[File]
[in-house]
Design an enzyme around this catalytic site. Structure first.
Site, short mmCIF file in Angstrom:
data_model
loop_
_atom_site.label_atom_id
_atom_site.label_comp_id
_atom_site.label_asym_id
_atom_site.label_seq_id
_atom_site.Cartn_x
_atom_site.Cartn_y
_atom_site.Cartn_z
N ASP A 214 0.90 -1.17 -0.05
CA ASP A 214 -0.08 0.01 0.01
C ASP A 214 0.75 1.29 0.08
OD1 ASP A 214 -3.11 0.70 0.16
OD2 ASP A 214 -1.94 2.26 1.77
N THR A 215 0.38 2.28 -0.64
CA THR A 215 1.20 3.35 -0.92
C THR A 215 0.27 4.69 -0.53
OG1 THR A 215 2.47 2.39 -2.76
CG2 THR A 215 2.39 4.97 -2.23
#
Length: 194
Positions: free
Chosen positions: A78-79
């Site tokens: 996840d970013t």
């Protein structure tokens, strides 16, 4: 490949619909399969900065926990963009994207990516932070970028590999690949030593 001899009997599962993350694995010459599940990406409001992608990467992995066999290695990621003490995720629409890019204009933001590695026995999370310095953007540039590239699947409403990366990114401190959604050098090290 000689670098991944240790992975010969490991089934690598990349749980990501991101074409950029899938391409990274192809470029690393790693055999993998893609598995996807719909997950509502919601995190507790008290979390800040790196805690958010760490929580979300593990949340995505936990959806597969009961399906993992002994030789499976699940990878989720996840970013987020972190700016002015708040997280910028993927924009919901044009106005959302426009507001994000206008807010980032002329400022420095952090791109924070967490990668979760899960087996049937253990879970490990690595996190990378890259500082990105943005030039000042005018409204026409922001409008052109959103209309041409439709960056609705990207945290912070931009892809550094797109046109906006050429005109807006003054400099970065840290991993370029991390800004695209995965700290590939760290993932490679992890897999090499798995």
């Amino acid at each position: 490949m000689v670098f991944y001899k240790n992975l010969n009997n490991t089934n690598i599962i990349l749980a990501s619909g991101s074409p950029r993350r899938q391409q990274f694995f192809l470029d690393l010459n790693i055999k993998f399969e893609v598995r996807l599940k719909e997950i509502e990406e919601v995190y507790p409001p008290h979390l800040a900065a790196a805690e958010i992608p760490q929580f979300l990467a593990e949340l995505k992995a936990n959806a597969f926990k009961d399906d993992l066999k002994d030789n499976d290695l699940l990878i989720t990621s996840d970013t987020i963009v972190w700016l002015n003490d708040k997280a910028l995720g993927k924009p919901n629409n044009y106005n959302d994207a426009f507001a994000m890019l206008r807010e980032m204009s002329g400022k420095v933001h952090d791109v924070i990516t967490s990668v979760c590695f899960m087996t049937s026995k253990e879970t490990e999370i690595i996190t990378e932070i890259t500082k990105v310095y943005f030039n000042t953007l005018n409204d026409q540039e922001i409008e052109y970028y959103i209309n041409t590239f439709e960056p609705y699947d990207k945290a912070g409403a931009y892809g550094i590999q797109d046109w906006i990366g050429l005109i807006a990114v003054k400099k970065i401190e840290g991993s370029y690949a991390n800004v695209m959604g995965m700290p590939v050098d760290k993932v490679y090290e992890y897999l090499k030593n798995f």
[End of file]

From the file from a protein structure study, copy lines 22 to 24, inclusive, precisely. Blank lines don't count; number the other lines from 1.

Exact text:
CG2 THR A 215 2.39 4.97 -2.23
#
Length: 194